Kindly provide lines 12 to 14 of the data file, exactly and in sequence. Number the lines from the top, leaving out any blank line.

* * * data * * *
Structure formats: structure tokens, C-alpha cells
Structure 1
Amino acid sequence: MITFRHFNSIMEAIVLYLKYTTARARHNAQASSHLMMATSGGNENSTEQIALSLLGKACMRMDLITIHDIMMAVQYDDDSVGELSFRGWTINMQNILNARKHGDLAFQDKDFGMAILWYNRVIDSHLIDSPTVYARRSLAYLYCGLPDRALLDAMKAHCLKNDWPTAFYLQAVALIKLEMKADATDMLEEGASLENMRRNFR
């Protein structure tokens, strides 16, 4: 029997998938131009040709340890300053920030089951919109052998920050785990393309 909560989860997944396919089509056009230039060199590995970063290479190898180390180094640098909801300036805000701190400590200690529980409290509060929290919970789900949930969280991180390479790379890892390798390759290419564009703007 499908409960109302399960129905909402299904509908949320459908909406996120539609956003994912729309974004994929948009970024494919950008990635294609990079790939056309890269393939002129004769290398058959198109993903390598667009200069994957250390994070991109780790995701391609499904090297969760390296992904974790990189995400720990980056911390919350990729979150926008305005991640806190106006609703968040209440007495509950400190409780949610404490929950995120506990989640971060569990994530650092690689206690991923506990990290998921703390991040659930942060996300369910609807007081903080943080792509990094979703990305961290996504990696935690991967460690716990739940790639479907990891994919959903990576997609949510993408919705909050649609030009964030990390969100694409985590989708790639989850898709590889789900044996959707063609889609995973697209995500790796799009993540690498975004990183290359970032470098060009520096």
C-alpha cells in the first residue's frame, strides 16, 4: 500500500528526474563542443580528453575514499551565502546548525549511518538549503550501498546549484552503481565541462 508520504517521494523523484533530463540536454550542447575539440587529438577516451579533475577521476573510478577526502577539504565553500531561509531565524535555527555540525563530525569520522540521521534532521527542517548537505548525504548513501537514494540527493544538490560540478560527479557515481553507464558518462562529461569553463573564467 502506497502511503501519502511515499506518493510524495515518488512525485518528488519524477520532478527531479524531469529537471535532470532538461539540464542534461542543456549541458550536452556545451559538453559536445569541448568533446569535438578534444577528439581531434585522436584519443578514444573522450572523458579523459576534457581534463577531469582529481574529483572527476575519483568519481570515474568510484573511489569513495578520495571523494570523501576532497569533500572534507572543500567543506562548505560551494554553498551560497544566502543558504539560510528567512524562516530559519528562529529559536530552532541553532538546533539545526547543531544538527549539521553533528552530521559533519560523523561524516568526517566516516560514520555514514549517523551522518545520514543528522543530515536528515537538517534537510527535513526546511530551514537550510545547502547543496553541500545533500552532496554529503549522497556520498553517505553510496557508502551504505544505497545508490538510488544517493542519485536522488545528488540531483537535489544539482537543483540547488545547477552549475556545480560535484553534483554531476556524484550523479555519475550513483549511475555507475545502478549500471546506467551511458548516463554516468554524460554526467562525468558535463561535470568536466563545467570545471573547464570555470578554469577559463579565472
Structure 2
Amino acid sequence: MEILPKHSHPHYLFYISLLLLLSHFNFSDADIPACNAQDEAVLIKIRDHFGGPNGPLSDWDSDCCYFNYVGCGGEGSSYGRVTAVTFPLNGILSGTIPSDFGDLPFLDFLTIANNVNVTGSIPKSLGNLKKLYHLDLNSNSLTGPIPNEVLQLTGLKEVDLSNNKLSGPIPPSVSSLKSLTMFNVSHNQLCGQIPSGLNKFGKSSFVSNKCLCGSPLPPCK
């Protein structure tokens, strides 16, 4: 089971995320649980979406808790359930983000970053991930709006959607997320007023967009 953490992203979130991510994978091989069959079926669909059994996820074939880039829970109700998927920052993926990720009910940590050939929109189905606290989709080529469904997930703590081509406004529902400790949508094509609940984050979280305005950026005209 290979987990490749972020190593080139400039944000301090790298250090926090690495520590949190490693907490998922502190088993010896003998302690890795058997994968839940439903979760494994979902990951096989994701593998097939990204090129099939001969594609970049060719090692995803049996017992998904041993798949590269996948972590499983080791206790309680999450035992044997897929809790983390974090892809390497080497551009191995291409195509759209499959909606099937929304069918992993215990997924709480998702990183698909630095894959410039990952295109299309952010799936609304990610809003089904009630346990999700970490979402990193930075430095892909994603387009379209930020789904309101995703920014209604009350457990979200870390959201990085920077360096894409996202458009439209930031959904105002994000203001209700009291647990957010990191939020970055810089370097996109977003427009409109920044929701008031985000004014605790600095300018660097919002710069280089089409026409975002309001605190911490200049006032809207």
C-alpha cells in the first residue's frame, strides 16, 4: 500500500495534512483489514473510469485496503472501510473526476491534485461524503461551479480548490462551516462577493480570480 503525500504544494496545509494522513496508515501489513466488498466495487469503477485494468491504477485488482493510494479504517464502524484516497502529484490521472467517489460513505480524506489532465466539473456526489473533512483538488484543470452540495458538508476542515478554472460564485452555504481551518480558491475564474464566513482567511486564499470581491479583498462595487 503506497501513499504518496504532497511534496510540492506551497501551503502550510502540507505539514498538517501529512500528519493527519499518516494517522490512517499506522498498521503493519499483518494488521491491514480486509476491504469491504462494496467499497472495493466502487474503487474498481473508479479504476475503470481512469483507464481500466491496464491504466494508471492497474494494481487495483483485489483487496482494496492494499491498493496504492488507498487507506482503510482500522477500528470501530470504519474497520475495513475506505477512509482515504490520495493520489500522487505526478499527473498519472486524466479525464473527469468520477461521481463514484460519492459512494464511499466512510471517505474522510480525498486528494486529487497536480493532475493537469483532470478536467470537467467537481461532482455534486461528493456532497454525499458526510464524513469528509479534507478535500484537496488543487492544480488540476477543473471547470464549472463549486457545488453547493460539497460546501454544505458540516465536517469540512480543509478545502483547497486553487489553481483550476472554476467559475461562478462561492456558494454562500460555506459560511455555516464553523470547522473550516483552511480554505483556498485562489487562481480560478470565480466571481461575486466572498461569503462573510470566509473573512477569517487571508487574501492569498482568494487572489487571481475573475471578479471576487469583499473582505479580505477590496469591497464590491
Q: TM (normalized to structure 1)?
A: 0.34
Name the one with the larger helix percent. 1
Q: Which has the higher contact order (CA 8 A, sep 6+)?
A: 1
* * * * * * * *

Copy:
Name the one with the larger helix percent. 1
Q: Which has the higher contact order (CA 8 A, sep 6+)?
A: 1